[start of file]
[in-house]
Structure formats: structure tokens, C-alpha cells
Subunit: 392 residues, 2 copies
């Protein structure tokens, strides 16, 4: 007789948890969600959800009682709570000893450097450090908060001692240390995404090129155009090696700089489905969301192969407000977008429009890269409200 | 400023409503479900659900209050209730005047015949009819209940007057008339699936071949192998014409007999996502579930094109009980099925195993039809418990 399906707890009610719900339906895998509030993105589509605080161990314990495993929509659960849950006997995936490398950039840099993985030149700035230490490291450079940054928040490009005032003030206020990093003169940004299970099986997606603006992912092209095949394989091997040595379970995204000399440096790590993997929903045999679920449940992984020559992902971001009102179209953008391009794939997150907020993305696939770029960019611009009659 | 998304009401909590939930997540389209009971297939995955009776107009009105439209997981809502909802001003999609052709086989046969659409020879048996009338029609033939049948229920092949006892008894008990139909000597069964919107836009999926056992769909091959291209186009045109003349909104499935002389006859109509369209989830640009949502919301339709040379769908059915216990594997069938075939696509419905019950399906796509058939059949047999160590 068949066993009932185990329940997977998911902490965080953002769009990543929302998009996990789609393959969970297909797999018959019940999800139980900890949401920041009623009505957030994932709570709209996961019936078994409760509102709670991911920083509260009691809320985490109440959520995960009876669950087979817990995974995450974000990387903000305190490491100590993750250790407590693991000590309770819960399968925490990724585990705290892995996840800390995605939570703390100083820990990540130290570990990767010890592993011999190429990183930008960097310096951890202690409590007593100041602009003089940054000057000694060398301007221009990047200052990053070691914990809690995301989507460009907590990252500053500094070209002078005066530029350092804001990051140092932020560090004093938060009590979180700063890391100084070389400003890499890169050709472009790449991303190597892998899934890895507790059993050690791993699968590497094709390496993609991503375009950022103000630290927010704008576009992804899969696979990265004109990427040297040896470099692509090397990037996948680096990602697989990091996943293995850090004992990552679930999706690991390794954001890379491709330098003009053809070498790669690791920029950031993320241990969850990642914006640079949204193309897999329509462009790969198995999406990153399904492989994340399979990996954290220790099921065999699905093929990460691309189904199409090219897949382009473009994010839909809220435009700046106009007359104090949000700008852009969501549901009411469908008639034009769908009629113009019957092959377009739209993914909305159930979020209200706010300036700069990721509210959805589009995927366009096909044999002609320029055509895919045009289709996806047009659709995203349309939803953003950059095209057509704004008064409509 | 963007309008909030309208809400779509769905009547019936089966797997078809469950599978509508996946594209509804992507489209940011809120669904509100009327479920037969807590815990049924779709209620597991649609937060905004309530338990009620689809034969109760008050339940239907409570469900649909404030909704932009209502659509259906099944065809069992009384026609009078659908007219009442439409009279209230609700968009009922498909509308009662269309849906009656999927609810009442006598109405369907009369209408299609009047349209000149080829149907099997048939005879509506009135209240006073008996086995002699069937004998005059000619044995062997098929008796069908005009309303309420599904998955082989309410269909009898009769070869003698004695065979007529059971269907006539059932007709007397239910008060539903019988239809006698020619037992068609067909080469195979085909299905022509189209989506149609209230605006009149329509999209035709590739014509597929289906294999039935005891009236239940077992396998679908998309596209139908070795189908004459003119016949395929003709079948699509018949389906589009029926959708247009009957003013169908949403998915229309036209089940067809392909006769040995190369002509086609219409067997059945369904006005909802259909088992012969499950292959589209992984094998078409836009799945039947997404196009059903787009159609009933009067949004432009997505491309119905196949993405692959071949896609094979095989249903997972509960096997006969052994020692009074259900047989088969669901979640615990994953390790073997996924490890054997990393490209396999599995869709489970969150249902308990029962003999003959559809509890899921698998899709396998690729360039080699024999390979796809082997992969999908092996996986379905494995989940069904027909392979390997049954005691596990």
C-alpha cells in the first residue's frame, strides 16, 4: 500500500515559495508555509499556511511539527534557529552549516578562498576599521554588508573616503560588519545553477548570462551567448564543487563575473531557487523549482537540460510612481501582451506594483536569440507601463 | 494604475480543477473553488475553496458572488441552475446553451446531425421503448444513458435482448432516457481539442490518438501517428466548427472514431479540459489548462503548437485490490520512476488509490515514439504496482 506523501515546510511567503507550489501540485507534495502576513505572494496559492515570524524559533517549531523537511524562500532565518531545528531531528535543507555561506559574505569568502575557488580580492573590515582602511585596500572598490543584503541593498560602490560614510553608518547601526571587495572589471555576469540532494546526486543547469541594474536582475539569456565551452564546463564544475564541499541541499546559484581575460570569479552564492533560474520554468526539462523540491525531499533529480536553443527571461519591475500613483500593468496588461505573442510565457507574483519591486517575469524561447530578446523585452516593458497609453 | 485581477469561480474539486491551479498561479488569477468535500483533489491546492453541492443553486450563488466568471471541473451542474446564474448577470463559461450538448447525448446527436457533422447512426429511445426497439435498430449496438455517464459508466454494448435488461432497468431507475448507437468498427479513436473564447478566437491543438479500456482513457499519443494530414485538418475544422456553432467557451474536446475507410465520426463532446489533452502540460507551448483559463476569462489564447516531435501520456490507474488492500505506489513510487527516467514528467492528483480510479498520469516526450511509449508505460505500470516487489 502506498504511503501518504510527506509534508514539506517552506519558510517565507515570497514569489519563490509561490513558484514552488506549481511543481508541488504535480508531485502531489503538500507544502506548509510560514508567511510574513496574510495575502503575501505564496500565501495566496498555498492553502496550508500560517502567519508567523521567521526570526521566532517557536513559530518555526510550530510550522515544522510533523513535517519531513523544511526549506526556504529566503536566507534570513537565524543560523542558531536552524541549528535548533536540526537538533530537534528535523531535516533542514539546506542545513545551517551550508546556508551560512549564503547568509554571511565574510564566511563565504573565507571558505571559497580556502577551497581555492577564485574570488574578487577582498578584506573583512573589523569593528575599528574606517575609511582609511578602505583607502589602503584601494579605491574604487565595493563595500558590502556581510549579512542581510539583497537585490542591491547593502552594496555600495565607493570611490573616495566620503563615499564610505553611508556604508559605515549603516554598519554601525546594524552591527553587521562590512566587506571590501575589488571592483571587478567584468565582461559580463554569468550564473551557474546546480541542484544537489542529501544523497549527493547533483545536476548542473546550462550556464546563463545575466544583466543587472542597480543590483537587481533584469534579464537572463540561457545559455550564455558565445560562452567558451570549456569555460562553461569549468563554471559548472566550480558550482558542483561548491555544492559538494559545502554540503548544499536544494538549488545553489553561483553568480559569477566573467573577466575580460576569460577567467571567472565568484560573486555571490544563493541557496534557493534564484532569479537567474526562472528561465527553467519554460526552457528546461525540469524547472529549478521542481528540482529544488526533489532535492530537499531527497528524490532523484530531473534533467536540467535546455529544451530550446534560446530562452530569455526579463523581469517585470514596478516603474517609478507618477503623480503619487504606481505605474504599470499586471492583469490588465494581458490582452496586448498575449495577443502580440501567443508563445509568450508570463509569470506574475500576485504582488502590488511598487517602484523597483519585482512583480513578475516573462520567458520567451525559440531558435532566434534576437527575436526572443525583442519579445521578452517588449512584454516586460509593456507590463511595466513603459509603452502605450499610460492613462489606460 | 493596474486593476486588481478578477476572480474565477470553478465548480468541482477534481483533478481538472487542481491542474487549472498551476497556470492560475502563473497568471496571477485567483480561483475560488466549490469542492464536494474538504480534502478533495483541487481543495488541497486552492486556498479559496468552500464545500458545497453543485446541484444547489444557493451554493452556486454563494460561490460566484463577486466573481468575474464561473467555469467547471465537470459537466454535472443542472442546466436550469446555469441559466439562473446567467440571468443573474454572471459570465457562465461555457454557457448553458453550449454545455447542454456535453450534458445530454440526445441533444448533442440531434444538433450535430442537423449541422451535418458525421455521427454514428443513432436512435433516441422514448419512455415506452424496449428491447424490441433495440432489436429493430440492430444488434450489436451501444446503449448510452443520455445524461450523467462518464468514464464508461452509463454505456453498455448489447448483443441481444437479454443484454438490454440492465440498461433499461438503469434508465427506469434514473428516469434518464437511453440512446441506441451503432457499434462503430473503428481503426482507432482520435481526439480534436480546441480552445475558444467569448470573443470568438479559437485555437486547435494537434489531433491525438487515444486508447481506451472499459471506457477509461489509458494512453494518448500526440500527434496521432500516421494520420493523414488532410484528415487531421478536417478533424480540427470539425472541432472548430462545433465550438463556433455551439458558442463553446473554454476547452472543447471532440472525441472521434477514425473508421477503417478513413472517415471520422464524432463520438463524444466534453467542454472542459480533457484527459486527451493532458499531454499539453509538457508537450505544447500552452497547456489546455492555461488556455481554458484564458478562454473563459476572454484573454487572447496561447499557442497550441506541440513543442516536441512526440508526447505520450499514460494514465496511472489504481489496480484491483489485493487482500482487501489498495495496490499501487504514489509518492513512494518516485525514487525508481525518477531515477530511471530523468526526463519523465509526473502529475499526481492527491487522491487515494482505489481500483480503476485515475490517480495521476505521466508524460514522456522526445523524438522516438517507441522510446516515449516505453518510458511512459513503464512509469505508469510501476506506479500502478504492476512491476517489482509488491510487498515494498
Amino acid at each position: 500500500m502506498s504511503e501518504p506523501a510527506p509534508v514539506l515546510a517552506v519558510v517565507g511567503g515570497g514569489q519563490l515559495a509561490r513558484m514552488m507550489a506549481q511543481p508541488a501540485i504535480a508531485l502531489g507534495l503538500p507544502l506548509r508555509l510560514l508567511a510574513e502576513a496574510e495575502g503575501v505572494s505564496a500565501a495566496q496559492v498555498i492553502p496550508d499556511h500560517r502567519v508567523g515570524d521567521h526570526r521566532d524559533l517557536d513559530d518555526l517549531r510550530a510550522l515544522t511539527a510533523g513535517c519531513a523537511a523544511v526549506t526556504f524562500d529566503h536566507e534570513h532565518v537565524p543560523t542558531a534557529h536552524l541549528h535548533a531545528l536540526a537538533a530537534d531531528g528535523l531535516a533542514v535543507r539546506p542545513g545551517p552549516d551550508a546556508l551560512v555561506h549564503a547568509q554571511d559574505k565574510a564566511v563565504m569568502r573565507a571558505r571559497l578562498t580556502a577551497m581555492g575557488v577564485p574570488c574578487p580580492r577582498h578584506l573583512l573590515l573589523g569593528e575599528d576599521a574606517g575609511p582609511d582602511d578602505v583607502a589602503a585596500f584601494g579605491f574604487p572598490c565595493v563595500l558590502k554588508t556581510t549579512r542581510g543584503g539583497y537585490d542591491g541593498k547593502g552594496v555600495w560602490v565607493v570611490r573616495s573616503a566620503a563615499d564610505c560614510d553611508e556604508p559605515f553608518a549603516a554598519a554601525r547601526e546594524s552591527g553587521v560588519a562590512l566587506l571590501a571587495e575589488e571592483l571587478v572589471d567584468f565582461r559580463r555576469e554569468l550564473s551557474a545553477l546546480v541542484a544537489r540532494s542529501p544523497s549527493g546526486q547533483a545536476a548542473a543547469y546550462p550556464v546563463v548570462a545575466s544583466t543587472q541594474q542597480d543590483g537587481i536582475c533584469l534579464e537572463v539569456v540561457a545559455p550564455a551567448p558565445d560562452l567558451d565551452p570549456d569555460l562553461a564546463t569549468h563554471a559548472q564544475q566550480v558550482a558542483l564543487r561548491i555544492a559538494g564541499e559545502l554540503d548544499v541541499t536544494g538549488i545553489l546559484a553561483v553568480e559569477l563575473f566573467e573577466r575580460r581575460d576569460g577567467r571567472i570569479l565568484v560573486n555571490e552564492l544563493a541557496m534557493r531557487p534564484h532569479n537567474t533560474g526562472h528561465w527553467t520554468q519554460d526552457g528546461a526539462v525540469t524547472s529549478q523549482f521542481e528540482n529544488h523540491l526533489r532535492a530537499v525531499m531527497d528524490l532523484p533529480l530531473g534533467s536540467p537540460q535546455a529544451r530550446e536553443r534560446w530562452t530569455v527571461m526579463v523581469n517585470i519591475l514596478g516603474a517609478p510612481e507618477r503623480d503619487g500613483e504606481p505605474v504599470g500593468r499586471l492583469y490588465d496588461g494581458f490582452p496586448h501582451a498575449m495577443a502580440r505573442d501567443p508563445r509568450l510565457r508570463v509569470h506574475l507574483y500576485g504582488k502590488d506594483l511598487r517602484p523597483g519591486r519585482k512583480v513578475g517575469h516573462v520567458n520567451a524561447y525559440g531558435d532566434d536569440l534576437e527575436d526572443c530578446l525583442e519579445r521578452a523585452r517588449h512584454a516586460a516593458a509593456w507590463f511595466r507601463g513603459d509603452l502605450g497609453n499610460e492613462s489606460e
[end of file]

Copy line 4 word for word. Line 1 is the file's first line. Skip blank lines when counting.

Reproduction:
């Protein structure tokens, strides 16, 4: 007789948890969600959800009682709570000893450097450090908060001692240390995404090129155009090696700089489905969301192969407000977008429009890269409200 | 400023409503479900659900209050209730005047015949009819209940007057008339699936071949192998014409007999996502579930094109009980099925195993039809418990 399906707890009610719900339906895998509030993105589509605080161990314990495993929509659960849950006997995936490398950039840099993985030149700035230490490291450079940054928040490009005032003030206020990093003169940004299970099986997606603006992912092209095949394989091997040595379970995204000399440096790590993997929903045999679920449940992984020559992902971001009102179209953008391009794939997150907020993305696939770029960019611009009659 | 998304009401909590939930997540389209009971297939995955009776107009009105439209997981809502909802001003999609052709086989046969659409020879048996009338029609033939049948229920092949006892008894008990139909000597069964919107836009999926056992769909091959291209186009045109003349909104499935002389006859109509369209989830640009949502919301339709040379769908059915216990594997069938075939696509419905019950399906796509058939059949047999160590 068949066993009932185990329940997977998911902490965080953002769009990543929302998009996990789609393959969970297909797999018959019940999800139980900890949401920041009623009505957030994932709570709209996961019936078994409760509102709670991911920083509260009691809320985490109440959520995960009876669950087979817990995974995450974000990387903000305190490491100590993750250790407590693991000590309770819960399968925490990724585990705290892995996840800390995605939570703390100083820990990540130290570990990767010890592993011999190429990183930008960097310096951890202690409590007593100041602009003089940054000057000694060398301007221009990047200052990053070691914990809690995301989507460009907590990252500053500094070209002078005066530029350092804001990051140092932020560090004093938060009590979180700063890391100084070389400003890499890169050709472009790449991303190597892998899934890895507790059993050690791993699968590497094709390496993609991503375009950022103000630290927010704008576009992804899969696979990265004109990427040297040896470099692509090397990037996948680096990602697989990091996943293995850090004992990552679930999706690991390794954001890379491709330098003009053809070498790669690791920029950031993320241990969850990642914006640079949204193309897999329509462009790969198995999406990153399904492989994340399979990996954290220790099921065999699905093929990460691309189904199409090219897949382009473009994010839909809220435009700046106009007359104090949000700008852009969501549901009411469908008639034009769908009629113009019957092959377009739209993914909305159930979020209200706010300036700069990721509210959805589009995927366009096909044999002609320029055509895919045009289709996806047009659709995203349309939803953003950059095209057509704004008064409509 | 963007309008909030309208809400779509769905009547019936089966797997078809469950599978509508996946594209509804992507489209940011809120669904509100009327479920037969807590815990049924779709209620597991649609937060905004309530338990009620689809034969109760008050339940239907409570469900649909404030909704932009209502659509259906099944065809069992009384026609009078659908007219009442439409009279209230609700968009009922498909509308009662269309849906009656999927609810009442006598109405369907009369209408299609009047349209000149080829149907099997048939005879509506009135209240006073008996086995002699069937004998005059000619044995062997098929008796069908005009309303309420599904998955082989309410269909009898009769070869003698004695065979007529059971269907006539059932007709007397239910008060539903019988239809006698020619037992068609067909080469195979085909299905022509189209989506149609209230605006009149329509999209035709590739014509597929289906294999039935005891009236239940077992396998679908998309596209139908070795189908004459003119016949395929003709079948699509018949389906589009029926959708247009009957003013169908949403998915229309036209089940067809392909006769040995190369002509086609219409067997059945369904006005909802259909088992012969499950292959589209992984094998078409836009799945039947997404196009059903787009159609009933009067949004432009997505491309119905196949993405692959071949896609094979095989249903997972509960096997006969052994020692009074259900047989088969669901979640615990994953390790073997996924490890054997990393490209396999599995869709489970969150249902308990029962003999003959559809509890899921698998899709396998690729360039080699024999390979796809082997992969999908092996996986379905494995989940069904027909392979390997049954005691596990």